If the sauce is too thick, add a little water. Keep simmering, add in your meatballs and cook for 30 minutes. Avoid too much stirring, so the meatballs do not break.
3. Saag Aloo
Saag Aloo is a tasty dish usually served with Poori; Saag means spinach, whilst Aloo means potato. The spinach and potato curry are chunky dishes that can be spicy and salty. In India, a cup of Saag aloo is a serving alongside a plate of either Dosa or Poori. Saag Aloo is a traditional Punjabi dish that is vegan, dairy and gluten-free. Saag aloo is made with Saag (a variety of greens, including tiny mustard greens), Potatoes and spices. The recipe can also be made with frozen spinach. In India, it's also called Palak Aloo. Saag Aloo tastes like a curried potato with ginger, chilli and salt.
It is a dish that melts in the mouth. It is Sadies favourite when ordering a takeaway. It is inexpensive to make, and the method is straightforward. This dish works well as a side dish alongside rice, bread, curry and onion bhaji pakoras. You could have it as a midweek meal served with a bowl of dal and some chapatis or rice. It can be prepared in advance and can also be reheated. Saag aloo can be stored in a refrigerator for approximately three days or so. Saag aloo is a dish prepared with a whole range of aromatic spices. The spinach melts down to nothing and coats the potatoes. In Indian restaurants, aloo saag is done with big chunks of potato pieces, but saag aloo is sometimes also prepared in a smooth liquid to go better with Poori.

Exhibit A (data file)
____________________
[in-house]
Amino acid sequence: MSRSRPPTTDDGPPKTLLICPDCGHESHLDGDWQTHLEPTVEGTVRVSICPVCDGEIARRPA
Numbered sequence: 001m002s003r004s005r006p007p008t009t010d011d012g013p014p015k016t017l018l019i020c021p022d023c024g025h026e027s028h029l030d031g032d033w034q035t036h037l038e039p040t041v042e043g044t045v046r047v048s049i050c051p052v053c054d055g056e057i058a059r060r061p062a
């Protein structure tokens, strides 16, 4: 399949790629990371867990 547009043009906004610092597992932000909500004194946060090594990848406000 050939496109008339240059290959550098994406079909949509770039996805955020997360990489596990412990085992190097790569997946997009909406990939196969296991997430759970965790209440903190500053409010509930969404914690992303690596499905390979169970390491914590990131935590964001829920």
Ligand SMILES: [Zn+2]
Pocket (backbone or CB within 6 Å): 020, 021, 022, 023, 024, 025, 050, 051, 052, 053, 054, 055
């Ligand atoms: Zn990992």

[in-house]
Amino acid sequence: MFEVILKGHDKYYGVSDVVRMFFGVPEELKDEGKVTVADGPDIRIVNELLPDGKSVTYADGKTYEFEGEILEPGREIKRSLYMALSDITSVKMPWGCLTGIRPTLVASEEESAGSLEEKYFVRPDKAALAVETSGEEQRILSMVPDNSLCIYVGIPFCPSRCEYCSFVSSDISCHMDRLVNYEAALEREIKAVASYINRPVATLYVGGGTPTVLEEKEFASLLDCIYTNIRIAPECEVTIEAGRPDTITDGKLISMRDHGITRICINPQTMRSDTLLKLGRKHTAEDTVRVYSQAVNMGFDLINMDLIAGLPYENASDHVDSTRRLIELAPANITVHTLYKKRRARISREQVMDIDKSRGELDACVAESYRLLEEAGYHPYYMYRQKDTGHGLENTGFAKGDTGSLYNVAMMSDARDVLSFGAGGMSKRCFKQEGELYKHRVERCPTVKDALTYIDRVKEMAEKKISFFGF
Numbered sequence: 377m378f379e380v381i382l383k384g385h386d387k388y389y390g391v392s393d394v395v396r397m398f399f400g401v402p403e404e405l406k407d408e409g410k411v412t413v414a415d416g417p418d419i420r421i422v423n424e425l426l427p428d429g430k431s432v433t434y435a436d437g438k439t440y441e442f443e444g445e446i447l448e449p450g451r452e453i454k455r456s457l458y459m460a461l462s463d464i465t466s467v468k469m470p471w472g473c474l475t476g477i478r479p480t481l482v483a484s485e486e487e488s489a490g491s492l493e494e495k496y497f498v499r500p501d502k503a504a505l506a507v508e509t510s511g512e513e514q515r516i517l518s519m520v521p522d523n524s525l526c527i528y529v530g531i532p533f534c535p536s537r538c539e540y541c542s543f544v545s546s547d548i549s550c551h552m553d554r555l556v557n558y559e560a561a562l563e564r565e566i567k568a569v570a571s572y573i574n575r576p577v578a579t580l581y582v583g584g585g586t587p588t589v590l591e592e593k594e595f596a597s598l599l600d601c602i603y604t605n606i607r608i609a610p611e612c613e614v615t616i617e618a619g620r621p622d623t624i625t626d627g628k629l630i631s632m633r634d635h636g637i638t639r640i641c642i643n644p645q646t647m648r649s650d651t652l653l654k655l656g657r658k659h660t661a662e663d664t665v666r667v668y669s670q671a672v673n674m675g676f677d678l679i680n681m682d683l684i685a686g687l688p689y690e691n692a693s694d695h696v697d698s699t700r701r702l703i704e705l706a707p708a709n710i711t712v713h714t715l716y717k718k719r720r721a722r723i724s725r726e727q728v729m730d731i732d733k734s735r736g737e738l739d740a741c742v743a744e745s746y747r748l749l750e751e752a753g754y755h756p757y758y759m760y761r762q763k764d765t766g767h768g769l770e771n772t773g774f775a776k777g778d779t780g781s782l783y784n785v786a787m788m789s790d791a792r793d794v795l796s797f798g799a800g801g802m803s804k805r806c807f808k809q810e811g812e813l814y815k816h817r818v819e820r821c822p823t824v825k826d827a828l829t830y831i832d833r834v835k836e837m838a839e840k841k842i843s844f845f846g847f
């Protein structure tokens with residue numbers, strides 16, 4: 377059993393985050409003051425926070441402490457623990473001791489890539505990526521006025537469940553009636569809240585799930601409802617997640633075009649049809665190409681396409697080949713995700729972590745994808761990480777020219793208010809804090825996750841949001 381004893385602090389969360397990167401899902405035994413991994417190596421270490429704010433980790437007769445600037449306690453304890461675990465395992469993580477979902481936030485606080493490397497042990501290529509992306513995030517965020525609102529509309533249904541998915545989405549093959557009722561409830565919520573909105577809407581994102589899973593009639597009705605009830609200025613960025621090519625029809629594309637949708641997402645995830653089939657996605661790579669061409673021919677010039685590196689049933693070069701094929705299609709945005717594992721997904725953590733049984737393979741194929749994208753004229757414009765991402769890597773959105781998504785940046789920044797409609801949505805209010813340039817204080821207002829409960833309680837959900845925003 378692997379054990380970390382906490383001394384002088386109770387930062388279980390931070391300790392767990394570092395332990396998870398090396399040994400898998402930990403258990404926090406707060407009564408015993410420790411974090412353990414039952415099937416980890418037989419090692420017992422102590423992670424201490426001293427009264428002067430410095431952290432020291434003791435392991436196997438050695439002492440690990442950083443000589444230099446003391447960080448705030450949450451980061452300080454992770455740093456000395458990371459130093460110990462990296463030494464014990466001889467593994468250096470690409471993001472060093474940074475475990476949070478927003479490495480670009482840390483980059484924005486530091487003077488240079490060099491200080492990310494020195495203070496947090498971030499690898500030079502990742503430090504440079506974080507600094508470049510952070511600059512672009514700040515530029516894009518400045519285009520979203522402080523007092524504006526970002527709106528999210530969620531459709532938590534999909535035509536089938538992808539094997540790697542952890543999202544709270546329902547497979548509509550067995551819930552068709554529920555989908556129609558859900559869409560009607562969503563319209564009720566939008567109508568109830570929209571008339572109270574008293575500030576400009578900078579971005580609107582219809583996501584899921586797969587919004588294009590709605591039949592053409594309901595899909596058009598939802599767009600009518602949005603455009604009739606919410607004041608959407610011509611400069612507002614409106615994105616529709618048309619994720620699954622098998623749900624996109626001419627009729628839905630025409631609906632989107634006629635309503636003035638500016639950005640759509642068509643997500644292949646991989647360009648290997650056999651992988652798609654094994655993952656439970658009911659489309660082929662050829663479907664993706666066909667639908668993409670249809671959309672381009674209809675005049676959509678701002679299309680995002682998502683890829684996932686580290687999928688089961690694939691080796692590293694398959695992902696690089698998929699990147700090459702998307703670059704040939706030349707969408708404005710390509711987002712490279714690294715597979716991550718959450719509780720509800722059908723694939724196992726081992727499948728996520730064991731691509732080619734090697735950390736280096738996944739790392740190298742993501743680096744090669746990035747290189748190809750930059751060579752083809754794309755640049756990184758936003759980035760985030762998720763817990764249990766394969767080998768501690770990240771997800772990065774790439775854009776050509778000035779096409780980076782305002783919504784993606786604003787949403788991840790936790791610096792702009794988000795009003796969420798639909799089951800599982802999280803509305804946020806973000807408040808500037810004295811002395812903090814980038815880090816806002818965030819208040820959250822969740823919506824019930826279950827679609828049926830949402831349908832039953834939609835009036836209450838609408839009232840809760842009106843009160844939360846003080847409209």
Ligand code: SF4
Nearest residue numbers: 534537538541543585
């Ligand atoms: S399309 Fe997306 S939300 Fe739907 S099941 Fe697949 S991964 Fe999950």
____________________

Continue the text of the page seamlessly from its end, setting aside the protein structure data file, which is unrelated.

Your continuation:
- Vegetable oil (2 tbsp)
- Cumin Seeds (2 tbsp)
- Mustard seeds (2 tbsp)
- Onion (1 finely sliced)
- Garlic cloves ( 3 large crushed)
- Fresh ginger (thumb sized)
- Maris Piper Potatoes (1kg peeled, cut into 3cm pieces)
- Tomato Puree (1 tbsp)
- Ground Coriander (1 tbsp)
- Hot Chilli Powder (1 tbsp)
- Spinach (250g)
- Red Chilli (1 finely chopped)